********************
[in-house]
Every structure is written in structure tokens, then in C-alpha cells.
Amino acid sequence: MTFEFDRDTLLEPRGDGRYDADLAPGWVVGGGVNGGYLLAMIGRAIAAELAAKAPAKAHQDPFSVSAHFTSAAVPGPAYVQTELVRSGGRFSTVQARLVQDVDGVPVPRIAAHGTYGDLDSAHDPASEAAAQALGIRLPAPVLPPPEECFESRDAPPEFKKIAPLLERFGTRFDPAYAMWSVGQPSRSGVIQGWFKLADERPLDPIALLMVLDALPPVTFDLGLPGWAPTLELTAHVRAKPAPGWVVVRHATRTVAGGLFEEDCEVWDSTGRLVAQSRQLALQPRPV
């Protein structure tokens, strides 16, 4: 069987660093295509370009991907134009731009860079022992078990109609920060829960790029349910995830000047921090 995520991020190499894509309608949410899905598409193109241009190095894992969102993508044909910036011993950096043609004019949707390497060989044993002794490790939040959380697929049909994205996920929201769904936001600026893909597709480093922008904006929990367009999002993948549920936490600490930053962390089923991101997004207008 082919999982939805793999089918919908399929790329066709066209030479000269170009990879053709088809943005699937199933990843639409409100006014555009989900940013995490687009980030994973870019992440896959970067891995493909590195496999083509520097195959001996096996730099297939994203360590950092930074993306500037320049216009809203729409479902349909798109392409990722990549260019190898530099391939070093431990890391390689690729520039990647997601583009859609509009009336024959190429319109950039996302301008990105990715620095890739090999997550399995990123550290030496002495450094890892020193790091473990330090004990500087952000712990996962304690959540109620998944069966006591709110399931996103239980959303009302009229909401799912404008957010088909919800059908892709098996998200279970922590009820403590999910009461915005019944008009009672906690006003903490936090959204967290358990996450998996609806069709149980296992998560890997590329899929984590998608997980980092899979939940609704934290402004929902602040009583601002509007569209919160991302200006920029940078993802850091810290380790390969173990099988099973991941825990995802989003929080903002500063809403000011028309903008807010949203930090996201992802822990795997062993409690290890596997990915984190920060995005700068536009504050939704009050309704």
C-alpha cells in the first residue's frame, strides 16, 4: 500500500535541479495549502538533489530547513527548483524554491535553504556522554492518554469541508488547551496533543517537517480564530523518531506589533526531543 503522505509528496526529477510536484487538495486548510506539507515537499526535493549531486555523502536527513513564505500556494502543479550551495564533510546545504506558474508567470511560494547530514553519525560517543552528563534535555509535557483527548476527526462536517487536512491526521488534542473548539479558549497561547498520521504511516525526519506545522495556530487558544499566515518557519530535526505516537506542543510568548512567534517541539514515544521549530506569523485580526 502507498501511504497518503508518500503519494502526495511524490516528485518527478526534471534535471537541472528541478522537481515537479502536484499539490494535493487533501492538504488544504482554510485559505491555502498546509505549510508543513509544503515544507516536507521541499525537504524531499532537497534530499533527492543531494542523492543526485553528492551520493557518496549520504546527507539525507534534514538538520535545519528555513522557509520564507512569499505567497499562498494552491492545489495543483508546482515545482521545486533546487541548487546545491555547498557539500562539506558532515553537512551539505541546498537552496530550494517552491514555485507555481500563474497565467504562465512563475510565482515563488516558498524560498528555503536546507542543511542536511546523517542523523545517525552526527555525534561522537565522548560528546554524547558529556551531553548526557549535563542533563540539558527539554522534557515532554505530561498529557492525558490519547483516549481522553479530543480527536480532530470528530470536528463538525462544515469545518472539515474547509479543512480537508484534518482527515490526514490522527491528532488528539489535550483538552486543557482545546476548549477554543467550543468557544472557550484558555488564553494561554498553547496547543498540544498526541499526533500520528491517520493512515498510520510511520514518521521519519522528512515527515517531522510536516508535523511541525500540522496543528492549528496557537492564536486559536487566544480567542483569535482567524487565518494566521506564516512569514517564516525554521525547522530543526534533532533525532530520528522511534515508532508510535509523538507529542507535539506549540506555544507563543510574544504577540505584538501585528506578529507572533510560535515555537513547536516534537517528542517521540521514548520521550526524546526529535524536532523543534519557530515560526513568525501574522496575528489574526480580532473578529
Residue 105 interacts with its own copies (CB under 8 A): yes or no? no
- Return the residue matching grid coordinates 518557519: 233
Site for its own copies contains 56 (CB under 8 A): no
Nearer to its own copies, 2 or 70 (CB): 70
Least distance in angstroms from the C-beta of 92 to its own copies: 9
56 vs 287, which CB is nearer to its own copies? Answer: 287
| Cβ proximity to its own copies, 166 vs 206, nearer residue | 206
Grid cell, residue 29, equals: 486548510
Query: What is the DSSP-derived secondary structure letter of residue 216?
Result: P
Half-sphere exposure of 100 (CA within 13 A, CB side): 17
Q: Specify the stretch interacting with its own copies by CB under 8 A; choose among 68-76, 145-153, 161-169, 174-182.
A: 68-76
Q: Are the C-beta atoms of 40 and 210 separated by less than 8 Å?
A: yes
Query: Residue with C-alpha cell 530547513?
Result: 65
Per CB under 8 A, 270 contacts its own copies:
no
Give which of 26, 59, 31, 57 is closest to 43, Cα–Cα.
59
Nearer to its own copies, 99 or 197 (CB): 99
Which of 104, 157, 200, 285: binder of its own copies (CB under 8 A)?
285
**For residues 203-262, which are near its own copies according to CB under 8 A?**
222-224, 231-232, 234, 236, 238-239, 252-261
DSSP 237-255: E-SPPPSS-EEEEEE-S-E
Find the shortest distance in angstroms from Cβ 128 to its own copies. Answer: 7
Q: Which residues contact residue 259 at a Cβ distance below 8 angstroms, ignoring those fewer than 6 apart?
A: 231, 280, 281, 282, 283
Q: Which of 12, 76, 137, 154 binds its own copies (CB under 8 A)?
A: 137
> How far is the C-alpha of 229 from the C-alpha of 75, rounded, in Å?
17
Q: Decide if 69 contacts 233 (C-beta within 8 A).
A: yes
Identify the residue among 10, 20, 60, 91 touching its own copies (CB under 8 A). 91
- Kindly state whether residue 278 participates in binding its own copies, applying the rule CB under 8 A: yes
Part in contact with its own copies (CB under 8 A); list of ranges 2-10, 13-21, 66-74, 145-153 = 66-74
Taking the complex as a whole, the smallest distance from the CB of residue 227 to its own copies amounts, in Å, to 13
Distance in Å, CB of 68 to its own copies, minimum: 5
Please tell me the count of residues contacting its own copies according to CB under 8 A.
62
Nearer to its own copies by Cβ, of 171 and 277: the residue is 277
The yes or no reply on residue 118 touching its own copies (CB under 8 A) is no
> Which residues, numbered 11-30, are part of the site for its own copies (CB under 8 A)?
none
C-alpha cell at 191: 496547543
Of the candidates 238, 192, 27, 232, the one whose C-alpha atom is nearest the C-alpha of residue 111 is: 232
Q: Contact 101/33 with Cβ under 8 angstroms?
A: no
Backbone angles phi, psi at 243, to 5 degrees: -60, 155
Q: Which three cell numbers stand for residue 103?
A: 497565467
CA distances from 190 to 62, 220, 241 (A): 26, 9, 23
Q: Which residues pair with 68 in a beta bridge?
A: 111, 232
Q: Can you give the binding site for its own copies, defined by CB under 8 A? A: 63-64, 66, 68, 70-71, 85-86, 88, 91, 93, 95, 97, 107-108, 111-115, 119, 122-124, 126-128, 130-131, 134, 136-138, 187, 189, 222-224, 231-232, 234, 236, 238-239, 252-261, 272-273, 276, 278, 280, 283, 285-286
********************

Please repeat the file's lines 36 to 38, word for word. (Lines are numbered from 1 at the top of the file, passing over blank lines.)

Q: Which of 12, 76, 137, 154 binds its own copies (CB under 8 A)?
A: 137
> How far is the C-alpha of 229 from the C-alpha of 75, rounded, in Å?